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Arming ourselves with the design and communication skills necessary to bring about positive change. Advertising. Graphic Design. Industrial Design. Environmental Design. Automotive Design.

Friday, March 23, 2007

Voltaic Solar Bags

The Voltaic solar bags are mobile power generators, designed to charge your devices without tying you to a power outlet, which makes them ideal for traveling. Included with each bag is a Li Ion battery pack which stores any surplus power generated, so it is available when you need it – not just when the sun is up. The battery pack can also be charged using an AC travel charger or car charger (both included). This makes the Voltaic bags just as useful on the grid as off. They provide enough power to charge a cell phone, ipod, pda or camera, but unfortunately not enough for a laptop. Thinking in the right direction.

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Solar Cell Phone

At CeBIT 2007, Chinese electronics maker, HTW, introduced a cell phone that can be charged by the sun. It gets 25 minutes of talk time from just 40 minutes of charging in sunlight, it can be charged with indoor light when no direct sunshine is available and even candlelight. Called the 'Light-Energy Mobile Phone', it is a relatively slender clamshell with an 84 x 47.6 x 0.8mm solar panel built into the flip side. As for the practicalities of putting such a handset on the market, Hi-Tech says the panel is encased in toughened glass and would stand up to all the rigors of a regular mobile.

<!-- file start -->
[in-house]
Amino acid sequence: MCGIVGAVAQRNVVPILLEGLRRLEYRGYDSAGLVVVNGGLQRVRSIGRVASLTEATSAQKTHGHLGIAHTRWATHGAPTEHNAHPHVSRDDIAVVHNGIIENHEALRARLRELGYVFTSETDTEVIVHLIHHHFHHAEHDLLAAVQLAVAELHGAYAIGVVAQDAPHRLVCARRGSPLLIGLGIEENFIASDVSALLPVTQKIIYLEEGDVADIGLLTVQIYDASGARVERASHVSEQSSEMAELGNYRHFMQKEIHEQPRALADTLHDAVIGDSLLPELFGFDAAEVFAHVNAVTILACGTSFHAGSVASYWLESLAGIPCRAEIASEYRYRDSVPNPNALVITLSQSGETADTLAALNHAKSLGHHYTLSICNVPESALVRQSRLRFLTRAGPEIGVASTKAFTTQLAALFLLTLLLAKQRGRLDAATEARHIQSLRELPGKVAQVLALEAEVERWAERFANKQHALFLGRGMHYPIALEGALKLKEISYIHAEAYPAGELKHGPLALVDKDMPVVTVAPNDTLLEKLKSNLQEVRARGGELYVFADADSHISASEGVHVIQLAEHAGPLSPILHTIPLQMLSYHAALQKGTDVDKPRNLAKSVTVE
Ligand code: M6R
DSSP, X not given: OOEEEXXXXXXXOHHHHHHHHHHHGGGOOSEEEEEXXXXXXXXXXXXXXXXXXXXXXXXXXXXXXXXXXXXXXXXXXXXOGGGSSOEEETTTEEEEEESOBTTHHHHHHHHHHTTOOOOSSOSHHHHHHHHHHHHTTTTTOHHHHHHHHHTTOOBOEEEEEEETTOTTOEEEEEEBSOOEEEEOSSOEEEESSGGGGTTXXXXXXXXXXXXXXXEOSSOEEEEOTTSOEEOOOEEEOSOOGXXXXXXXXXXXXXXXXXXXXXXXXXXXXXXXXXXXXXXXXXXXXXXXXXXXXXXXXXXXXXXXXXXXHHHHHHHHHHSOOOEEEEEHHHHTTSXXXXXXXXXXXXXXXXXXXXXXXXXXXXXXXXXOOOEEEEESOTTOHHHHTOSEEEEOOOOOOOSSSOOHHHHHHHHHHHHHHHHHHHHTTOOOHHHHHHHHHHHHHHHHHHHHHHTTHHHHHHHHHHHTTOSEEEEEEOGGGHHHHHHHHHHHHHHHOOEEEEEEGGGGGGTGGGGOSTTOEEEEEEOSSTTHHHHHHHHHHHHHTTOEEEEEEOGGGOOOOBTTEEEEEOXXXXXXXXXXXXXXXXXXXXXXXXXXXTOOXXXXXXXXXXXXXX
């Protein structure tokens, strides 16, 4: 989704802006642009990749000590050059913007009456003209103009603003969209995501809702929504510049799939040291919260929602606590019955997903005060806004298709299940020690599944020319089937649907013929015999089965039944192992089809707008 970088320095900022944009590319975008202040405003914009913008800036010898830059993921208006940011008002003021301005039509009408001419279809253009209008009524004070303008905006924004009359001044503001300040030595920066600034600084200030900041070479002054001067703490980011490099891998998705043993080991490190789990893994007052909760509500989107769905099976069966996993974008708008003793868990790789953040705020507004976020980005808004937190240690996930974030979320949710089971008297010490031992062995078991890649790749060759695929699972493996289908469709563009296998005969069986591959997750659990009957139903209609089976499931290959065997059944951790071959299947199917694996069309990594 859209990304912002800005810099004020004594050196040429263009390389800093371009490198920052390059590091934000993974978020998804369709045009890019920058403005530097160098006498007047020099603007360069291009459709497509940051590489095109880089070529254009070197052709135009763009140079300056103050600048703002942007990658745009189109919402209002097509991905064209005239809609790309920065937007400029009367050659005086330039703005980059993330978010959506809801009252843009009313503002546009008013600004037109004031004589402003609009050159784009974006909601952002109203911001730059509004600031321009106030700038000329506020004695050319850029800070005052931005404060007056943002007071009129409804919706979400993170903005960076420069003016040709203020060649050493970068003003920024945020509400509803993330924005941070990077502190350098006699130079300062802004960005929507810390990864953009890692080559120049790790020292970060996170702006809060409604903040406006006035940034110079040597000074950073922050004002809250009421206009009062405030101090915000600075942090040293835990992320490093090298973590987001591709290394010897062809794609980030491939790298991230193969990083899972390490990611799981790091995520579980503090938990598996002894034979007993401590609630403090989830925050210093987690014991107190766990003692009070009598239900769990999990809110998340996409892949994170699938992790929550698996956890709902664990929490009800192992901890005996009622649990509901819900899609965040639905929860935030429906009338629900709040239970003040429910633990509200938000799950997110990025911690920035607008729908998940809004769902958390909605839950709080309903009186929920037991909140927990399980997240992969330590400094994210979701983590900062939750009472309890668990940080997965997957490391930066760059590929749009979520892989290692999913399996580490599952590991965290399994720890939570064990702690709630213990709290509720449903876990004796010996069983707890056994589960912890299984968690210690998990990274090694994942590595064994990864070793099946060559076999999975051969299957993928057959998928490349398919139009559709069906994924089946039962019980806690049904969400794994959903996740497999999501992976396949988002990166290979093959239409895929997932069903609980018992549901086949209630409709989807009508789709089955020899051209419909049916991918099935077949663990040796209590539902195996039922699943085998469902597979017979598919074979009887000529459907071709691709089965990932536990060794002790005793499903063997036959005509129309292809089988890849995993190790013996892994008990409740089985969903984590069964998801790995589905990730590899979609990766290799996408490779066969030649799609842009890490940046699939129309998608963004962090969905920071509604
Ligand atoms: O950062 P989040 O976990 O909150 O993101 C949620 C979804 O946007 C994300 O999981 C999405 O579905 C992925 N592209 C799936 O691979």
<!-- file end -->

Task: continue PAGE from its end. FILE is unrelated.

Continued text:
From: Treehugger

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Thursday, March 08, 2007

BBC Climate Challenge Game

The BBC Climate Challenge Game is pretty much enviro-geeky-awesome. It puts you in the presidential seat to reduce carbon emissions along with a world environmental summit. You have to balance wealth, energy, water, food, air quality and public opinion while you tray and achieve climate change initiatives. It takes you far into the future, offering solutions such as adding light rail, requiring residential fuel cells, and importing and exporting energy. At the end, you earn rankings based on the environment, wealth, and popularity. I was 4% popular, but at least the world still existed.


Note Table

If you're anything like me, you are constantly sketching, drawing and doodling. Naturally, I love this table design from Tom Seymour. While I can't tell if this is the actual model, or a prototype, I like it, and want it. Unfortunately, I won't be coughing up the £700 price tag anytime soon.


TED2007: Icons. Geniuses. Mavericks.

TED2007 began yesterday and goes through March 10. TED (Technology, Entertainment, Design) is a conference that brings together some of the most intelligent leaders of industry, science, politics and art to develop cross-pollination of ideas. The point is to create a web of thought that will lead us to a brave, smart new future.

TED Talks podcasts are fascination periodic presentations given by people working on the coolest projects in the world. Wow, I sound inarticulate in comparison to TED spearkers.

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Alchemi alive and kickin' in China

Ever wonder if your site is among the many censored for content by the Chinese government? Well put your worries to rest with The Great Firewall of China. As the caption above states, it allows you to test your website for Chinese filtering. I'm sort of surprised we got off scott free, especially with the Mao Beer Tap. Anyone in the blogosphere up for some communist subversion?

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Adobe Creative Suite 3

As if we need to spend more time clicking, Adobe Creative Suite 3 launches at the end of the month. While Adobe is remaining tight-lipped on the details, this excessively long video tells us next to nothing.

We can infer, however, that six colored sides of the box represent Photoshop, Illustrator, InDesign, Dreamweaver, Flash and Fireworks packaged as one. If so, this is the first full merging of Adobe and Macromedia. I just can't wait to trade in my Powerbook for an Intel Mac. For slightly more info, check out the Adobe UK Site.

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Wednesday, March 07, 2007